Arthur Carman

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Arthur Herbert Carman (2 August 1902 – 28 November 1982) was a New Zealand sports journalist and writer, bookseller, publisher, pacifist, local politician, and local historian.

He was born and died in Wellington, New Zealand.[1] He was born in Paparangi, Johnsonville, and lived in Tawa (originally called Tawa Flat). He was a bookseller and publisher (as Wright and Carman); his Lambton Quay bookshop was a landmark for thirty years. Arthur Carman Street in Paparangi is named after him.

He was on several local bodies: the Wellington Hospital Board, the Tawa Borough Council and the Hutt Valley Power and Gas Board. He stood unsuccessfully as an independent for the Wellington City Council in 1941 and 1944.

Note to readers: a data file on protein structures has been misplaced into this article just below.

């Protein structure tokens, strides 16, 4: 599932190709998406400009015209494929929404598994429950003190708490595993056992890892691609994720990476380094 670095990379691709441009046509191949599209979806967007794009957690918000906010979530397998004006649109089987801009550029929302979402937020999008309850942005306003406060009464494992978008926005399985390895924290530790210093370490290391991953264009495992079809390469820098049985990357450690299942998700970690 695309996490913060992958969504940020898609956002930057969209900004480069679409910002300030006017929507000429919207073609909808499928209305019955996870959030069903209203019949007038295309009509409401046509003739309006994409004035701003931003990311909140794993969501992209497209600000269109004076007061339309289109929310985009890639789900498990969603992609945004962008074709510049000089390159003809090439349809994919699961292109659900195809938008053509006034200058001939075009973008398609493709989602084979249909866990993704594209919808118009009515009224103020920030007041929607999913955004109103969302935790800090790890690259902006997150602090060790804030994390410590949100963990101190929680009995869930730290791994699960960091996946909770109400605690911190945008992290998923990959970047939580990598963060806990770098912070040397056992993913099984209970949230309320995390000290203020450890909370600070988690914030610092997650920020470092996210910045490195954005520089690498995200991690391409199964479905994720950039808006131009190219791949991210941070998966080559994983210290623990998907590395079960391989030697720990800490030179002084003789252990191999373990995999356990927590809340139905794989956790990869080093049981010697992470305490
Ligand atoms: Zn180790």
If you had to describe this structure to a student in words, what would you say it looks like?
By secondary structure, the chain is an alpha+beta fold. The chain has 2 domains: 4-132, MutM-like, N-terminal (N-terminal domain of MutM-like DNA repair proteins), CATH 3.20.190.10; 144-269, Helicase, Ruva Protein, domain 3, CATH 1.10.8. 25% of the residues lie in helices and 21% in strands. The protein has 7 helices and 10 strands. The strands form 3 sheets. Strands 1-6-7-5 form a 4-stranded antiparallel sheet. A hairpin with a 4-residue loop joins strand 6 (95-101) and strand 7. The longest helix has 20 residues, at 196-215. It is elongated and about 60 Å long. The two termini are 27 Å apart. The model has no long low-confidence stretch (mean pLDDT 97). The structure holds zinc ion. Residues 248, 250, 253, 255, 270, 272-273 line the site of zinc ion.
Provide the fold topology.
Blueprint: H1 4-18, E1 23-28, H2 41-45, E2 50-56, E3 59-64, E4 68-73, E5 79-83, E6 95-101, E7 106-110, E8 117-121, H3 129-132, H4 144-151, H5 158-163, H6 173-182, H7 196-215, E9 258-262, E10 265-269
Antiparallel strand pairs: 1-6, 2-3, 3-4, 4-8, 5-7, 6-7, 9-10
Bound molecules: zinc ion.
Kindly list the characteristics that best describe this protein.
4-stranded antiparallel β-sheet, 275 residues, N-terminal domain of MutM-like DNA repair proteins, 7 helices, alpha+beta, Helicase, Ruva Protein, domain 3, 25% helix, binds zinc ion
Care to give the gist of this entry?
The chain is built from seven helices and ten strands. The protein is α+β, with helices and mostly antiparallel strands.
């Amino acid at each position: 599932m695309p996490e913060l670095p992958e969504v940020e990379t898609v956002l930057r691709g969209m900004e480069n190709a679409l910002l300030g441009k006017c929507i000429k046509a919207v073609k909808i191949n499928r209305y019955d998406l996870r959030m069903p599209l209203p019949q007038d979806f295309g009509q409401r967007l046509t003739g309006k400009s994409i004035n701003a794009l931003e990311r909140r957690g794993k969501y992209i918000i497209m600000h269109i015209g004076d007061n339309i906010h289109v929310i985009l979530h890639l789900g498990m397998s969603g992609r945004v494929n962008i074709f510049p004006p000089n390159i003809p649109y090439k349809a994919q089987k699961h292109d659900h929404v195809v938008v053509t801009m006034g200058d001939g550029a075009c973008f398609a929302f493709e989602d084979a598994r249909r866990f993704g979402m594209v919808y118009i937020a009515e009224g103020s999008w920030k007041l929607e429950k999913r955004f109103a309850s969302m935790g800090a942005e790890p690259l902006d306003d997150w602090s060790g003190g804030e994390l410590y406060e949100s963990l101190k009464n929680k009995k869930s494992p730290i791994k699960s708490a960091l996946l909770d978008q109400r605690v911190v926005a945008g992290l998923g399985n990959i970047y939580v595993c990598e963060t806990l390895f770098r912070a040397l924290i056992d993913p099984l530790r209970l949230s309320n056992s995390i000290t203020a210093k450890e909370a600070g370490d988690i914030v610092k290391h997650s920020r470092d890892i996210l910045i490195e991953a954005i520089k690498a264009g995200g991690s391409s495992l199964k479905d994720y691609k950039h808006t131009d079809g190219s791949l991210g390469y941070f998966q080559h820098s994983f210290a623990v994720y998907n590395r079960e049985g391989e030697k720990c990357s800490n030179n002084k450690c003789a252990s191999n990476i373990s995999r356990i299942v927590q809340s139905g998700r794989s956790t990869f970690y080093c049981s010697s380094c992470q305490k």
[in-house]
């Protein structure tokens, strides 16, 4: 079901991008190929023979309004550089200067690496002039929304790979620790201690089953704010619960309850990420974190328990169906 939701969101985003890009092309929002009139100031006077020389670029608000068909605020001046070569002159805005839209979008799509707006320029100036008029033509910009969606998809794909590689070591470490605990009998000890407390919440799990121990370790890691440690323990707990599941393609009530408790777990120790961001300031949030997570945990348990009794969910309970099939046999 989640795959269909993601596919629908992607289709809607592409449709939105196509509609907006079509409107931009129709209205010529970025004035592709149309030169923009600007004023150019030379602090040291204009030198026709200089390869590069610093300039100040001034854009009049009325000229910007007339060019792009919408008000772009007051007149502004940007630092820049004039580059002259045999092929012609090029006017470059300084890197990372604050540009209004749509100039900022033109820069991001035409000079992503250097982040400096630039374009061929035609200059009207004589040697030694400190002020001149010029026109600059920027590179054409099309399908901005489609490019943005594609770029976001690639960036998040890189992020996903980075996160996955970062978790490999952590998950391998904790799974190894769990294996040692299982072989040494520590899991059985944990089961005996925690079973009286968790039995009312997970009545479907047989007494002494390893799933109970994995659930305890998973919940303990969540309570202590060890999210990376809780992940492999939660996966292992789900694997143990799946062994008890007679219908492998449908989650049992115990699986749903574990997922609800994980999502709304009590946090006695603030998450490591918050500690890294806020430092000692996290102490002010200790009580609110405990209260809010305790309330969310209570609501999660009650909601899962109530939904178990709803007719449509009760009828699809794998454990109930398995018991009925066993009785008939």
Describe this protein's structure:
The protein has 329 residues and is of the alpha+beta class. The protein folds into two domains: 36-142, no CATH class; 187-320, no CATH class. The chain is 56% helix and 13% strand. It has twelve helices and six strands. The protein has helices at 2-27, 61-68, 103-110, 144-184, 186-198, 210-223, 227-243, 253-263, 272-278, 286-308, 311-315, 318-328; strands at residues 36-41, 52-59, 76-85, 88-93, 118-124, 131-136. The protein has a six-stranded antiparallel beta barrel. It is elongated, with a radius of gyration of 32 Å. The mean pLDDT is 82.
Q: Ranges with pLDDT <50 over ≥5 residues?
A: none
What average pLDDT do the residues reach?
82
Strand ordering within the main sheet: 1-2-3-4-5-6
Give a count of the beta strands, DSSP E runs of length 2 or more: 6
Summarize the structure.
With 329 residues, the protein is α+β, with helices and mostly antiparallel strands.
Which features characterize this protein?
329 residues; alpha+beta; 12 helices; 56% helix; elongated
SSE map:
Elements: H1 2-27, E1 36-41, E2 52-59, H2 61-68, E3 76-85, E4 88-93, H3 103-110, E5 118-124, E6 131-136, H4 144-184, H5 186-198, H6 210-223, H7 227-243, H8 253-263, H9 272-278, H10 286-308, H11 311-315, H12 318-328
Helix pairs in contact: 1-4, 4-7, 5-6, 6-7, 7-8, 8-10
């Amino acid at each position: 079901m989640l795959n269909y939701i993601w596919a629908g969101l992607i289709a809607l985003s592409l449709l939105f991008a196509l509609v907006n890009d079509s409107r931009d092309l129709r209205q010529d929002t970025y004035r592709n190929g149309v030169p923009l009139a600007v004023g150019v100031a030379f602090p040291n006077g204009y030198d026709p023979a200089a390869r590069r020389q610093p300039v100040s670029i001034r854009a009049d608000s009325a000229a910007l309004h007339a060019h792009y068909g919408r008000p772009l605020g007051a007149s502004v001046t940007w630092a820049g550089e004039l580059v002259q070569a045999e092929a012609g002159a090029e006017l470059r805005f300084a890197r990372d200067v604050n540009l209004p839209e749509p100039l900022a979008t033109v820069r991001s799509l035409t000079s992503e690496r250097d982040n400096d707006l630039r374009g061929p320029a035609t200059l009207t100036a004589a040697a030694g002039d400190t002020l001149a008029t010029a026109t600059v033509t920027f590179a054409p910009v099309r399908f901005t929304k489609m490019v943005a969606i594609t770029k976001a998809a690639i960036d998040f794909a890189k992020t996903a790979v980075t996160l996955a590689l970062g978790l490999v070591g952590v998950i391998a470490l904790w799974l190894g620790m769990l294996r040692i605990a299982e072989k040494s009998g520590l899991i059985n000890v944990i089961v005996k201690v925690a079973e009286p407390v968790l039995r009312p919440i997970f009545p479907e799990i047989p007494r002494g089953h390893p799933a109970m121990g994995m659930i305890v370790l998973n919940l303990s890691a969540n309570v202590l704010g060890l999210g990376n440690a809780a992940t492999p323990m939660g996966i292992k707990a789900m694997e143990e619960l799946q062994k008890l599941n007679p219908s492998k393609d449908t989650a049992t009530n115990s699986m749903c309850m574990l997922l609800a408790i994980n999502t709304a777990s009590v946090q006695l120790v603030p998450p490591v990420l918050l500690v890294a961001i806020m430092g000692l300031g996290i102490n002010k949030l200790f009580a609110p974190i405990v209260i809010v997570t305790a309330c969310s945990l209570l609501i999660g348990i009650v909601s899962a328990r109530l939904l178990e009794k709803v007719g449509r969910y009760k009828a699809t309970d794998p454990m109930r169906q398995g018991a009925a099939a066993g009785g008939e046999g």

He published sports books as Arthur Carman (The New Zealand Rugby Almanack, The New Zealand Cricket Almanack; both annuals) and local history books as A. H. Carman or Arthur H. Carman. These included The Birth of a City: Wellington 1840-1843 and Tawa Flat and the Old Porirua Road, which went into three editions (1956, 1970, 1982)

He was noted as a Christian pacifist, and spent some months in Mt Crawford prison in Wellington, NZ in 1941, for 'subversion' when he attempted to publicly espouse the Christian pacifist view. His viewpoint had changed from traditional Methodism toward Quakerism following a 1925 visit to the World War I battlefields (he had been touring the United Kingdom as the sole press correspondent travelling with the 'Invincibles' All Black rugby team), although he remained a Methodist local preacher for the whole of his life.